Remember when Alex Smith beat Alabama in college (he didn't)? Colin Cowherd remembers
I have a secret: I watch "The Herd." I'm not proud of it. But when you work from alone home multiple days a week, you quickly find out that you need some sort of background banter. As a sports fan, that's where Colin Cowherd's show from 12 p.m. to 4 p.m. comes in.
Another secret: Cowherd is not that bad, especially during the NFL season. When that ends though, it gets ugly, which is true of literally any sports talk show in the country. Post Super Bowl is the dead period of all dead periods, and in order to fill that up Cowherd usually just goes on for hours about whether or not Dak Prescott is the future in Dallas, or he drools over another 30-point night from LeBron James that nobody watched.
But now that it's officially #DraftSZN, Colin has more NFL material to work with, which is what he's best at. What he is NOT good at is discussing college football, which, judging by some of his past gaffes, he does not follow closely. The tiny problem with #DraftSZN is that you have to have some college football knowledge if you're going to start spouting off about the Utah State quarterback everyone just discovered last week. This is where Colin gets into trouble.
The Utah State quarterback I'm referring to is of course Jordan Love, who, in addition to having gigantic hands, had an impressive performance at the combine. One NFL coach called him "a poor man's Patrick Mahomes," a description that may appear derogatory but is actually a compliment. You know how many teams would take a poor man's Patrick Mahomes right now? I can think of about 15.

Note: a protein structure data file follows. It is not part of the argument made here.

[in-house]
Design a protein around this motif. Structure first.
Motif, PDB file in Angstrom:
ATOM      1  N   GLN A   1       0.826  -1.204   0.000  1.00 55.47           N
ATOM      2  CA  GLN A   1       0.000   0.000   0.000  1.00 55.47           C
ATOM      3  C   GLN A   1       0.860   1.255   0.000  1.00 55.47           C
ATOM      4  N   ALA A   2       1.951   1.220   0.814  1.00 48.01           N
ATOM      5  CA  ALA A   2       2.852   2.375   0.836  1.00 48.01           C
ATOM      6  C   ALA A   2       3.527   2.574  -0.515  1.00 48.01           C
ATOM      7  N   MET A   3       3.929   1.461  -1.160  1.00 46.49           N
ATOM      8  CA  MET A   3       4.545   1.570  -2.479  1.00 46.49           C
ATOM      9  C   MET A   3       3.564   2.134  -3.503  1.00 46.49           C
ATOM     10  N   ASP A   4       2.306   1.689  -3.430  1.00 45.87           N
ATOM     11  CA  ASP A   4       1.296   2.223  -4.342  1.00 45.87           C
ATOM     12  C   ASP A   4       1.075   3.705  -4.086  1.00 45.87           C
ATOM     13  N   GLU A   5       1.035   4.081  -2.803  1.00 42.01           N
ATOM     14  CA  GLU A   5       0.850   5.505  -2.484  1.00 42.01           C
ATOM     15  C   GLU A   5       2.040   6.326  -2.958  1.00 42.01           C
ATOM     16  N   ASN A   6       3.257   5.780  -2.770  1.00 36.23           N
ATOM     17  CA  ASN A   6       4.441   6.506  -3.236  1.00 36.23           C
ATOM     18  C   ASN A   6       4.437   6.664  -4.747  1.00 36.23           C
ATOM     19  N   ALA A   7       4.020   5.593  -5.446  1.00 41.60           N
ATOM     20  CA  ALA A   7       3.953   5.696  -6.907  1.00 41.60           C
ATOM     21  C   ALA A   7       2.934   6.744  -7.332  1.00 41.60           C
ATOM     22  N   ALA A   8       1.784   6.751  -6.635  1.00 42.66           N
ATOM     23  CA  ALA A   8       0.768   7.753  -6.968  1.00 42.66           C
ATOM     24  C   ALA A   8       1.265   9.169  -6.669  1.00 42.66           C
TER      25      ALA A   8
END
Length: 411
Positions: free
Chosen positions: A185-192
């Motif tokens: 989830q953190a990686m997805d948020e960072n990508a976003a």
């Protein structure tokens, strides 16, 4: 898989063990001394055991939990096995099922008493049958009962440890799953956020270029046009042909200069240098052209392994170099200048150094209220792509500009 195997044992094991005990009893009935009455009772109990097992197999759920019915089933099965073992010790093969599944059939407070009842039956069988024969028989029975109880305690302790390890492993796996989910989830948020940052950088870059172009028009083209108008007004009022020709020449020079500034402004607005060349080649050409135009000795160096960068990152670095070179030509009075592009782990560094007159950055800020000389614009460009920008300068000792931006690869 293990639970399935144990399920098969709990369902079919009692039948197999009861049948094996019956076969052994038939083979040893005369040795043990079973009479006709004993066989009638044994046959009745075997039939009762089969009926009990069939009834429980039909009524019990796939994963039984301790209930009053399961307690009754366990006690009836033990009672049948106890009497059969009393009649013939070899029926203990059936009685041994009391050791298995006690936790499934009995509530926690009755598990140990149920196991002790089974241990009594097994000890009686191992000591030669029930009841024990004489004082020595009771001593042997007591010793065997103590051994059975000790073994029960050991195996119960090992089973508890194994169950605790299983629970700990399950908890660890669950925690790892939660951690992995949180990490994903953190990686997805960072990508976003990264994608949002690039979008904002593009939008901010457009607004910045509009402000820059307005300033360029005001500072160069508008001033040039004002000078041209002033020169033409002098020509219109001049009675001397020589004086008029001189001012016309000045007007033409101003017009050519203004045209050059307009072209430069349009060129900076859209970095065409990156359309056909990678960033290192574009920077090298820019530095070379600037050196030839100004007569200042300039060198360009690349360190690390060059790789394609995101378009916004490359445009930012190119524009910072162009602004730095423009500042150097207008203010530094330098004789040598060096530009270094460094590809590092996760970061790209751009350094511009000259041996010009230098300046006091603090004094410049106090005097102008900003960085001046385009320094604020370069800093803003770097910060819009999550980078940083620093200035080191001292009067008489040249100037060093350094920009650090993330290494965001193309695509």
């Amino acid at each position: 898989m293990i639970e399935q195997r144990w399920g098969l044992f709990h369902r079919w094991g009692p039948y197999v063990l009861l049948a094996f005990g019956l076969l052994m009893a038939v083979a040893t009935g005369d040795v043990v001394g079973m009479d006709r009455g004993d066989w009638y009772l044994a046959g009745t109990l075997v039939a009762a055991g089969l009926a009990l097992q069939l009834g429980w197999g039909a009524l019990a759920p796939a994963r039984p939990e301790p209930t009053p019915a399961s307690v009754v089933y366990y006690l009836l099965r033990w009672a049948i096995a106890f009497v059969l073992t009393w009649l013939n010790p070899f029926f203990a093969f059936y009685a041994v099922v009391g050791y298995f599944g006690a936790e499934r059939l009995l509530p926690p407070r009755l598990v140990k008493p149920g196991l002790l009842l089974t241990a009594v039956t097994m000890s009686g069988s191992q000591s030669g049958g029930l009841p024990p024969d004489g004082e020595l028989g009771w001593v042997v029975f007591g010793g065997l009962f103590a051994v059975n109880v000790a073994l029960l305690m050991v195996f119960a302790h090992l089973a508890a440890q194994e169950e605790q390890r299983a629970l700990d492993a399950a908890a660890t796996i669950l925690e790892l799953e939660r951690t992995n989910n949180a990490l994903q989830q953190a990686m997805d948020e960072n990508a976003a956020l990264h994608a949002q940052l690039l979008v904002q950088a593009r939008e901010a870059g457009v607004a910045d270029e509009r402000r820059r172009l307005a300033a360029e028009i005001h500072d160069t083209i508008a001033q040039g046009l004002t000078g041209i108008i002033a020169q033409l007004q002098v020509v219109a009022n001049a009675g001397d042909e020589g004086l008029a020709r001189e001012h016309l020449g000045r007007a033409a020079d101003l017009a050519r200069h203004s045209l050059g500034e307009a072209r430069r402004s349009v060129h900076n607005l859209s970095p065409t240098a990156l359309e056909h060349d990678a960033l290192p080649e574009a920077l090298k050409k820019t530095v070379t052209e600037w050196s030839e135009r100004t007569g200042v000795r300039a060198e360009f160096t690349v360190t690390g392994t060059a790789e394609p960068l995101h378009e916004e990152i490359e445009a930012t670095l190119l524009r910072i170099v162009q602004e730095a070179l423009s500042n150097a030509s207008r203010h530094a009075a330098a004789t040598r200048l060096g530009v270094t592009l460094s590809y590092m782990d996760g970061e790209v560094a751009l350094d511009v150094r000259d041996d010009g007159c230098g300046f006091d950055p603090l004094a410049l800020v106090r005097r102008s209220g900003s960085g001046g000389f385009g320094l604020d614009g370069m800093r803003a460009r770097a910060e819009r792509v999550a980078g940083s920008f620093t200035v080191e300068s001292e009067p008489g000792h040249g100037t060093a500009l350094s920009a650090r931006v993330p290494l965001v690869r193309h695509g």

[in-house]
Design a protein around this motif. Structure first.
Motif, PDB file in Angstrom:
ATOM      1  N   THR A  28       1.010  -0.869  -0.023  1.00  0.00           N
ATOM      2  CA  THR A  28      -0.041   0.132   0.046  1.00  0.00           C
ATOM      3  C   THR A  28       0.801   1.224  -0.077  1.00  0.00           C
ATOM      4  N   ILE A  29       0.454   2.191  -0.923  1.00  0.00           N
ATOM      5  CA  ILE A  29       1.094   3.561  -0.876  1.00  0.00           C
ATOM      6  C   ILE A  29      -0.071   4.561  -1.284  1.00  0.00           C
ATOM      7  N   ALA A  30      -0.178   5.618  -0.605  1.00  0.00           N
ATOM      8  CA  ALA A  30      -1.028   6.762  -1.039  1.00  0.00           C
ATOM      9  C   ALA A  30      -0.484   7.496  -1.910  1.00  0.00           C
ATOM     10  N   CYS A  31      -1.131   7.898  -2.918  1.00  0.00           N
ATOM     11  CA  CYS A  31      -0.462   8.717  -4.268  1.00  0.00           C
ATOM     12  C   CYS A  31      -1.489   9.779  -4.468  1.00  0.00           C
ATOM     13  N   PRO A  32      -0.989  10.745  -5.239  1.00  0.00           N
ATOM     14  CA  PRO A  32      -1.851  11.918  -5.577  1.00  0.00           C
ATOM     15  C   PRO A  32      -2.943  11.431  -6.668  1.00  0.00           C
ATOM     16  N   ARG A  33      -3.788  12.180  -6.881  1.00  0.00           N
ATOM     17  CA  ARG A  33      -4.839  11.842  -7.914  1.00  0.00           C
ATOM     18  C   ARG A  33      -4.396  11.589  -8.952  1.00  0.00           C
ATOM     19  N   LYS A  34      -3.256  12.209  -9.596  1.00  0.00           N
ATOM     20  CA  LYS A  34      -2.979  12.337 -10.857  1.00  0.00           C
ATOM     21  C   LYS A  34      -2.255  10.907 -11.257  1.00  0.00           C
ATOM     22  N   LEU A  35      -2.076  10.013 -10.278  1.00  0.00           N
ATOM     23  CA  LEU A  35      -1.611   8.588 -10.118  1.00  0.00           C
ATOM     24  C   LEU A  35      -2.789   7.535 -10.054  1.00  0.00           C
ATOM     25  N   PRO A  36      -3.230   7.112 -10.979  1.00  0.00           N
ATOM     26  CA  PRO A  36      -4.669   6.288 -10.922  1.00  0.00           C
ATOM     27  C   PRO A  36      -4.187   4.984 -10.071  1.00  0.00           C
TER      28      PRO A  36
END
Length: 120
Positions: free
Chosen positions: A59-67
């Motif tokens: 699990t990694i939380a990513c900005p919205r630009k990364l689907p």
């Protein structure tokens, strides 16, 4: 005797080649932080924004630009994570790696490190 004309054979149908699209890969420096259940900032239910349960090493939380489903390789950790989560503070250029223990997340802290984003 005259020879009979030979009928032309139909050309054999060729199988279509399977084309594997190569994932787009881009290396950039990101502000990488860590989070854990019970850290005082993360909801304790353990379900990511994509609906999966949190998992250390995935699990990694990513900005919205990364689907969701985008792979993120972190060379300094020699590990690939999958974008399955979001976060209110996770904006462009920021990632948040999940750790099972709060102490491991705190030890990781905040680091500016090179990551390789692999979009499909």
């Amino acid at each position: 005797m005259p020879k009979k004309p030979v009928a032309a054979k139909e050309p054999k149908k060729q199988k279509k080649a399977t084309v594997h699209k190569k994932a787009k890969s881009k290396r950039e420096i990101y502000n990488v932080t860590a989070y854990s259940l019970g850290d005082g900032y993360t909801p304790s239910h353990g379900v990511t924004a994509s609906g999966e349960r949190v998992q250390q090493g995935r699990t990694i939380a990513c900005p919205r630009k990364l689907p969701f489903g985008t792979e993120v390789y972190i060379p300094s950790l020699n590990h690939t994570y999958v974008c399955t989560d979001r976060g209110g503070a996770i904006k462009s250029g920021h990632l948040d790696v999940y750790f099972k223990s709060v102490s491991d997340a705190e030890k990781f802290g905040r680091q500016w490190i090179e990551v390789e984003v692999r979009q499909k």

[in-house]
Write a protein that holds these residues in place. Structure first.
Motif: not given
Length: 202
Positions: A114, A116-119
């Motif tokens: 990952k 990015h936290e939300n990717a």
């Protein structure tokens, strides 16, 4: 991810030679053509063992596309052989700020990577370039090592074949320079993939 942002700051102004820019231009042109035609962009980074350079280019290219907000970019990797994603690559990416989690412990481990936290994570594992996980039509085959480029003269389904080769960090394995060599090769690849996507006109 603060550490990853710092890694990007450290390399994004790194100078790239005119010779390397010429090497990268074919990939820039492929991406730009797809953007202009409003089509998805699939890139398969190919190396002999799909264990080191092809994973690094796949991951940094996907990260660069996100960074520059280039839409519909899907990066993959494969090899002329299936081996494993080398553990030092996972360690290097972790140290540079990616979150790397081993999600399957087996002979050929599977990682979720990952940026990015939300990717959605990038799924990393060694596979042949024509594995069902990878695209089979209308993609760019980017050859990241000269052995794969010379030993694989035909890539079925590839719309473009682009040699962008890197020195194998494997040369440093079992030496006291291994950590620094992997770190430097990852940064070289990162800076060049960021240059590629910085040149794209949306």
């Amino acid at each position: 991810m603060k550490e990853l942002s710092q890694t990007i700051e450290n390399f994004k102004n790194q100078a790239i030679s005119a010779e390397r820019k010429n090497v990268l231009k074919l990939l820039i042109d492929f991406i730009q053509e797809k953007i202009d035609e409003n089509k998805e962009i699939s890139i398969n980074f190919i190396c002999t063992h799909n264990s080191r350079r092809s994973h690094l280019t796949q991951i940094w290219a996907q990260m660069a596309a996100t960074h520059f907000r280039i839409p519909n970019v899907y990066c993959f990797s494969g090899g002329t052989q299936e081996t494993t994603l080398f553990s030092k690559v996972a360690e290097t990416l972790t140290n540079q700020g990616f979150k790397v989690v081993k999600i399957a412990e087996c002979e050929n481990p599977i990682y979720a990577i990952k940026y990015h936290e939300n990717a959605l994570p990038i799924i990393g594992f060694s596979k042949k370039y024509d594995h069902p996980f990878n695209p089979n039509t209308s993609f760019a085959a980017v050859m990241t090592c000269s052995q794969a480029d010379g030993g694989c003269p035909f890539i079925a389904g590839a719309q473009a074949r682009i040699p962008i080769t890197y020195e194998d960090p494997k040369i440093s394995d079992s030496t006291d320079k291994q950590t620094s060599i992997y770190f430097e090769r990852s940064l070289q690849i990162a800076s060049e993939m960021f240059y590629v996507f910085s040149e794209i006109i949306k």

Naturally, Cowherd latched onto this quote for a segment on Tuesday, which somehow led to him discussing former No. 1 pick Alex Smith's time at Utah under Urban Meyer. Let's see how that went for Colin:
The common defense of guys like Cowherd is "if you were on radio all day, you'd screw up too!' That's both fair and 100 percent correct, but sometimes you screw up a take so bad that that defense no longer holds up. This is one of those times. A very quick fact check (or a halfway decent memory) would reveal that Alex Smith was the No. 1 overall pick in 2005, meaning his final college season was the 2004-2005 season. Another quick fact check would reveal that Nick Saban did not arrive at Alabama until 2007, meaning ... yep, you guessed it, Alex Smith never played or beat Alabama, with or without Nick Saban.
The game Cowherd is thinking of actually occurred in 2009, when the 11-0 Utes beat Alabama 31-17 in the Sugar Bowl as a double-digit underdog. Urban Meyer was just completing his fifth season at the University of Florida, while Smith had just finished off his fourth season as a member of the San Francisco 49ers. Utah's coach was its current coach, Kyle Whittingham, while its quarterback was Brian Johnson, whose impressive senior season earned him a spot on the NCAA Football cover in 2010. We doubt Colin remembers that.